Art Abrahamson spent life on the links

In his day, Art Abrahamson was as good as any young golfer to come out of Everett.

A 1953 graduate of Everett High School, Abrahamson played three varsity seasons for longtime Seagulls coach Bill Gowen. Abrahamson later golfed at the University of Oregon, and was a two-time winner of the Snohomish County Amateur and a two-time runner-up. He also held course records at Everett’s Legion Memorial Golf Course and Bellingham Golf and Country Club, and twice matched the course record at Everett Golf and Country Club.

Along the way Abrahamson spent two years at Everett Junior College and he excelled there, too. Playing for Harry Simmermacher, an Everett JC science teacher and the school’s golf coach, Abrahamson was twice the state medalist and both seasons led his team to the state title.

Fifty-seven years later, Abrahamson is one of seven individuals and three teams being inducted into the Hall of Fame at what is today Everett Community College. A banquet ceremony to honor the inductees is tonight, with former Washington State University and NFL quarterback Jack Thompson the keynote speaker.

For the 77-year-old Abrahamson, who still resides in north Everett — just a few blocks from the house where he lived as a boy — the honor is both surprising and thrilling.

“I’m very overwhelmed,” he said. “I was really shocked when they came around and interviewed me a couple of years ago, and then they called to tell me (about his induction) a couple of months ago. It’s a nice honor to be mentioned, and I’m looking forward to it.”

Abrahamson took up golf as a boy, in large part because his father was an avid player. They spent many days together on the golf course, though the younger Abrahamson still played when his dad could not. They lived just a few blocks from what was then known as Everett Municipal (today Legion Memorial), and he would walk or ride a bike to the golf course.

He was a junior in high school when he shot a 64 on the par-73 Everett Muni, a course record. Later he shot another 64 during the Washington State Amateur to break the course record at Bellingham G&CC. Twice Abrahamson shot a 63 at Everett G&CC during informal rounds, tying the mark set by Jack Westland, though longtime club pro Ken Tucker called Westland’s score the official record since it came in a tournament.

But as much as Abrahamson enjoyed setting records, he found a greater pleasure from just playing the game, much as he does today.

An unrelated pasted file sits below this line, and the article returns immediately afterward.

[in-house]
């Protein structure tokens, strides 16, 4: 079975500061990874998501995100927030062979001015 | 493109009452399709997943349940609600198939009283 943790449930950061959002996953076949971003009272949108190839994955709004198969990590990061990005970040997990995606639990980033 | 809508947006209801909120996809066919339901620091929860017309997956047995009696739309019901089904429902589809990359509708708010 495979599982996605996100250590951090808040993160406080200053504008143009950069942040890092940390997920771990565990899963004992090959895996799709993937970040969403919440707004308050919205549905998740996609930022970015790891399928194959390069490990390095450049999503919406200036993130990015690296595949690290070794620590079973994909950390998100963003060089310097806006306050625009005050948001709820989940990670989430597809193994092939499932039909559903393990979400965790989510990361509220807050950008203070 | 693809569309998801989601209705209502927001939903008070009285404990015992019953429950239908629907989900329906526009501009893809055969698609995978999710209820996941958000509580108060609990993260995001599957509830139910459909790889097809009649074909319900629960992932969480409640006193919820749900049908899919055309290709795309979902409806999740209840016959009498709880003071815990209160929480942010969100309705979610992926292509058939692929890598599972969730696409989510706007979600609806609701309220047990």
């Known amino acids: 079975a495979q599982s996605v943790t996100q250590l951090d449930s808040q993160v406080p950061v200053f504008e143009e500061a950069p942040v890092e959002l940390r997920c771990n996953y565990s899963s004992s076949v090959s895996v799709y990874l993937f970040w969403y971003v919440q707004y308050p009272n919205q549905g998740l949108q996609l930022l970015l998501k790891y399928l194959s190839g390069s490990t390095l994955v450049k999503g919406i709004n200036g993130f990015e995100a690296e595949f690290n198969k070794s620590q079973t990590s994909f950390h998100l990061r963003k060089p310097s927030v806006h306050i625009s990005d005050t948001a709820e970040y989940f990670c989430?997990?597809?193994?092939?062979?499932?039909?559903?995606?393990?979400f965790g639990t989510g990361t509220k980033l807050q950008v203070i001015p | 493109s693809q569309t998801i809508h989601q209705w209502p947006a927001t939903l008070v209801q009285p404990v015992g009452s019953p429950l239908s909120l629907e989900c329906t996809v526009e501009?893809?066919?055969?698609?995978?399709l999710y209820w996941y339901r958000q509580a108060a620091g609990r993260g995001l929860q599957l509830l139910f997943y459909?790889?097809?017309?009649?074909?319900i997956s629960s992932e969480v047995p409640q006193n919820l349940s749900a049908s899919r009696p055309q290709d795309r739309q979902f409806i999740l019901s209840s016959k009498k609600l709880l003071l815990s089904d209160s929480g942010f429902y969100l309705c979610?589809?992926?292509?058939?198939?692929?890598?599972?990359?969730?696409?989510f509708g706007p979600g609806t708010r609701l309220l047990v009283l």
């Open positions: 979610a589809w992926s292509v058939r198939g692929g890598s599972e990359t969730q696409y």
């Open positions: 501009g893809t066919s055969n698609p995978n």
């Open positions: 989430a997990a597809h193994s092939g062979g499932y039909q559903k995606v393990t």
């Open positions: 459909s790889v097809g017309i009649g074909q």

“I really enjoy golf,” he said. “And I played pretty decent from about 16 until I was in my middle 20s.”

In his 20s, and after a stint in the Air Force, Abrahamson had the chance to turn pro. But the paychecks for touring pros were modest compared to today, and he knew that being a club pro “just wasn’t my type of work.”

“I decided I’d just as soon be an amateur and play when I wanted to,” he said.

Abrahamson had a career with Snohomish County PUD, retiring as an electrical engineer and supervisor. He is a longtime member at Everett G&CC and still plays two or three times a week. Over the years he has nine holes-in-one.

“My back gets so bad that I can’t play two days in a row anymore,” he said. “I still try to play, but I haven’t hit a practice ball in 19 years. I just go play so I can save my back.

“But I still enjoy it and I’m still involved in it,” he said.

Joining Abrahamson in this year’s Everett CC class of inductees are track and field athlete Fred Andrew, a javelin thrower who won a conference title in 1965; basketball player and track and field athlete Al Clise, who competed in 1967-68; track and field athlete Larry Lian, who set school records and won conference championships in the 110-meter high hurdles and 400 intermediate hurdles in 1973; field hockey, basketball and tennis athlete Carol West, who competed in 1963-64 and 1964-65; and basketball and baseball player Bill Yeager, 1964-65 and 1965-66, who led the basketball team in scoring and rebounding in his second season and helped the baseball team win a state title the same year.

Tonight’s ceremony also will honor former tennis coach Dick Rowley (deceased), who won state titles in 1964 and 1969.

Also being inducted are the 1954 football team, the 1958-59 men’s basketball team, and the 1972-73 women’s basketball team.

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